Written and edited by Nancy Waring
"The life of the law has not been logic: it has been experience." Ė Oliver Wendell Holmes, 1866
Real Clients, Real Cases
The Bulletin interviewed Gary Bellow, who became professor at the School and faculty director of the Clinical Program in 7972. A nationally renowned practitioner, Bellow has spent his career advocating for the poor
Bulletin: What is clinical education?
Gary Bellow: As developed at Harvard, clinical education is a method of teaching law in practical contexts. The goal is for students to examine assumptions and values about the legal profession and law practice. Clinical education develops lawyering and learning skills while critically examining law practice itself. For example, a Family Law course may devote one or two sessions to domestic violence. That cannot prepare students for the complex web of formal and informal systems that confront a woman who has been beaten. The clinic adds that dimension. Similarly, Professional Responsibility courses come to life when a studentís own values conflict with the legitimate goals of her client. At Harvard the classroom and the clinic are inextricably tied. Doctrine and experience enrich each other.
Clinical education has existed at HLS for 20 years, yet some people consider it quite novel What distinguishes it from other modes of education?
Harvardís clinical program began in the early 1970s and has grown in size and sophistication under three deans. In the history of this law school, 20 years is a blink of the eye.
In some ways, however, the method is quite old. After all, Langdellís innovative use of appellate cases as the subject matter of classroom inquiry is much more "clinical" than the lecture and seminar methods still employed elsewhere in the University. We have built on the case method tradition to make law practice and lawyerly judgment the focus of analysis and discussion.
How does Harvardís program differ from those at other schools?
I think the primary differences are the size of our program and its emphasis on interactions with clients. This is often described as "live client" experience by clinicians.
Most schools offer such experiences to a relatively small number of students, supervised by a limited number of clinical faculty. The Harvard model ó as it has come to be called ó combines courses and placements at three Harvard-run clinics, a number of student practice organizations, and a variety of outside agencies, using a combination of faculty and full- and part-time staff.
Last year 400 students in over 20 courses participated in such practice-based education. By the time they graduate, approximately 6o percent of the student body will have taken one such course ó many more if we include courses using clinical methodologies such as simulation, role playing, and computer-aided education.
Can you say more about the range of clinical placements available to students?
Most placements are at the Hale and Dorr Legal Services Center in Jamaica Plain, which is very similar to a medical school teaching hospital. The School also runs an immigration and asylum clinic located at Cambridge and Somerville Legal Services, and our 8o-year-old Legal Aid Bureau delivers civil legal services. On campus, the new Criminal Justice Institute provides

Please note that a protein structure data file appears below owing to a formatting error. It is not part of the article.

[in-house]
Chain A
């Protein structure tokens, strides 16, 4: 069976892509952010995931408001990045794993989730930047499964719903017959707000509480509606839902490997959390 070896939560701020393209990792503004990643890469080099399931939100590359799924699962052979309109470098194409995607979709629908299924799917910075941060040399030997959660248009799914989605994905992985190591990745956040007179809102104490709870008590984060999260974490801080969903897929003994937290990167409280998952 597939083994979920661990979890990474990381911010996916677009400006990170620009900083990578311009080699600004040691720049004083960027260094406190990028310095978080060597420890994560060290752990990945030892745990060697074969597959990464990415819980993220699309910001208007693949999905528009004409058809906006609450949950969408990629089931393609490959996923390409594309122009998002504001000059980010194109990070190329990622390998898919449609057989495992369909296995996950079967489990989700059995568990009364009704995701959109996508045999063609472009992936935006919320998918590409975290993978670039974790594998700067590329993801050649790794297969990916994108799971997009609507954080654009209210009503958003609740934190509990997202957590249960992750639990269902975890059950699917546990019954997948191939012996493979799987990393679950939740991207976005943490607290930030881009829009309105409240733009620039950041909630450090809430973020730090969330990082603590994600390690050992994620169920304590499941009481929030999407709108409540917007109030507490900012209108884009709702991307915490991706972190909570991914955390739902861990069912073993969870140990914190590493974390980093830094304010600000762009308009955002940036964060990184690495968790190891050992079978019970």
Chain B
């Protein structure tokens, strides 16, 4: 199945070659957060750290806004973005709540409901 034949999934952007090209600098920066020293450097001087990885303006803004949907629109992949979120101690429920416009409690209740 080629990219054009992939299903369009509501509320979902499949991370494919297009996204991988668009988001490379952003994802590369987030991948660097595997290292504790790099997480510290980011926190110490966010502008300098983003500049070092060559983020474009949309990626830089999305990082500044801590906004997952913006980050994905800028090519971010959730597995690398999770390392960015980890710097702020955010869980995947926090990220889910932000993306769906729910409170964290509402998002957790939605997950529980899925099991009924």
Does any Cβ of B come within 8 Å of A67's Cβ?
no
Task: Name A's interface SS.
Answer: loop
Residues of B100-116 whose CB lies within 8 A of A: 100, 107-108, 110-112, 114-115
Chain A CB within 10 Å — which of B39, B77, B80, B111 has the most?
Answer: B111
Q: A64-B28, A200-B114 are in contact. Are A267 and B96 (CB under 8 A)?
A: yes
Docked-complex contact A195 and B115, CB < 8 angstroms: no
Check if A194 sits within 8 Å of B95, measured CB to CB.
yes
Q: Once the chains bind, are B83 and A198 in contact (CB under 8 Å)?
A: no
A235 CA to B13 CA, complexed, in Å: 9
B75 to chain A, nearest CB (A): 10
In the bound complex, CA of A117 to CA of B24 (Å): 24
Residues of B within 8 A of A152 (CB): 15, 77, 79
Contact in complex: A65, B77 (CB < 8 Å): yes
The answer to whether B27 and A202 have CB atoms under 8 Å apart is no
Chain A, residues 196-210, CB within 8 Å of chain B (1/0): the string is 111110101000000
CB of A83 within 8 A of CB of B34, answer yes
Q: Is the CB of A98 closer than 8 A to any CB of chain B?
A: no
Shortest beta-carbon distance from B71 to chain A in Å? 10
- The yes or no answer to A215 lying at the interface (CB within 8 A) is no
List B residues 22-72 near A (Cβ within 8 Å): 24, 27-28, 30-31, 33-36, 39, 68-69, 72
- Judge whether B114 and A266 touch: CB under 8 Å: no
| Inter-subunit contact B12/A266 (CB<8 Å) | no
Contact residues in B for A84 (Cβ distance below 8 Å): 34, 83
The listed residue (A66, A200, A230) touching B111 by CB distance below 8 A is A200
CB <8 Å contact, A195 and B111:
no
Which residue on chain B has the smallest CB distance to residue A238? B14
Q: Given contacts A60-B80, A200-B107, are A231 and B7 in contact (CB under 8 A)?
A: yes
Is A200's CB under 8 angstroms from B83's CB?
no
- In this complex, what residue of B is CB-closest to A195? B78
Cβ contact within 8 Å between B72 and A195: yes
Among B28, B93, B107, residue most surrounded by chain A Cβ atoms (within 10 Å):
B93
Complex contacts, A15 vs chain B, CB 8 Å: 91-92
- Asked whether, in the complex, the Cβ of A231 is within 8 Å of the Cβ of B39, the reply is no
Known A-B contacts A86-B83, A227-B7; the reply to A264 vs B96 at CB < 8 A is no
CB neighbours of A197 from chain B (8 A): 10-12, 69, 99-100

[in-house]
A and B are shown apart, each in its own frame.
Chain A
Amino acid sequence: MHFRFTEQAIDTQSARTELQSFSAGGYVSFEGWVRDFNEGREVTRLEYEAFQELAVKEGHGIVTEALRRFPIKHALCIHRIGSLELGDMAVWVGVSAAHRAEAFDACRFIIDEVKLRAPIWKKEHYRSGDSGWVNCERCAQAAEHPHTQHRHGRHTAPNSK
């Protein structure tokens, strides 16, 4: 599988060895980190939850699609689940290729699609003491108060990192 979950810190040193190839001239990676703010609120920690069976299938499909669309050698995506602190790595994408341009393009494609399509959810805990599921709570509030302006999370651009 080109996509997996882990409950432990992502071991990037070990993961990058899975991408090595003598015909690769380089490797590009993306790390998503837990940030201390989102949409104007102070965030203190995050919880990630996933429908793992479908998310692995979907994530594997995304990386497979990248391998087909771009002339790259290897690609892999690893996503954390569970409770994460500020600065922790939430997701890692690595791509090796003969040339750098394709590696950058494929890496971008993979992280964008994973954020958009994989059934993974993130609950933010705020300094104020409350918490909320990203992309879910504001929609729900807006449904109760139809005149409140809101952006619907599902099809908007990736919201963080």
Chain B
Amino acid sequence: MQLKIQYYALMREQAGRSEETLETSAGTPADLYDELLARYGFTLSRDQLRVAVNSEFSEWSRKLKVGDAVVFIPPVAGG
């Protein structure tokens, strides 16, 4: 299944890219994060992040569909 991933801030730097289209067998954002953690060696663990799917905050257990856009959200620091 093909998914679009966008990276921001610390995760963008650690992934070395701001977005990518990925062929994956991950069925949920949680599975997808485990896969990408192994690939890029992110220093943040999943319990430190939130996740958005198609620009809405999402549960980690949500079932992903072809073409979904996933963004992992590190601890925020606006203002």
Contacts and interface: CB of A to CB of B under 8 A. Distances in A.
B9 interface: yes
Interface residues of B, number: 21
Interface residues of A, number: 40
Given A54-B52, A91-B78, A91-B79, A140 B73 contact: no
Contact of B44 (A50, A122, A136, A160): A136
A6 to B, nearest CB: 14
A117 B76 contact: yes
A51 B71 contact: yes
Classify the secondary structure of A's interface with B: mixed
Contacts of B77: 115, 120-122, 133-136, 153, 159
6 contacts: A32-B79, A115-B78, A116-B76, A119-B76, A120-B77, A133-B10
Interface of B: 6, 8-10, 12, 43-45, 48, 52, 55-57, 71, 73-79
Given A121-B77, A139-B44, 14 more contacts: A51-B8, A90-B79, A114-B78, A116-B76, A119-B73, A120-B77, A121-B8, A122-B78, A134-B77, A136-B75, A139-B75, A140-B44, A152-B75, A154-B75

services in the criminal law area. Off campus, we contract with governmental agencies and public interest organizations that provide institutional experiences that cannot be replicated at a school. Our five extracurricular student practice organizations are the Legal Aid Bureau, the Harvard Defenders, the Tenant Advocacy Project, the Prison Legal Assistance Project, and the Mediation Program.
We believe that every student would benefit from practice-based instruction and that careful mentoring of course-focused student practice in teaching hospital type settings most effectively allows students to grow and learn. Our experience has again and again confirmed these premises.
You have twice mentioned an analogy to teaching hospitals. Why?
Like a medical school, clinical education at HLS relies on a number of teachers with different roles to fulfill its educational mission. This requires staffing patterns unlike those found in most law schools. The full-time faculty who engage in research while designing, controlling, and operating the
academic and clinical curriculum are like academic faculty at medical schools. Lecturers with particular academic and practice skills are also necessary, much as a medical school relies on an adjunct faculty.
In addition, we employ full-time and 12 part-time clinical instructors. Although they have a substantial case load and institutional responsibilities throughout the year, they devote a major portion of their time during the academic year to the supervision and education of students. Their instructor and practitioner roles mix, much like those of the hundreds or even thousands of practicing physicians who act as preceptors at hospitals and other institutions affiliated with a medical school.
Wouldnít students learn to practice after graduation anyway?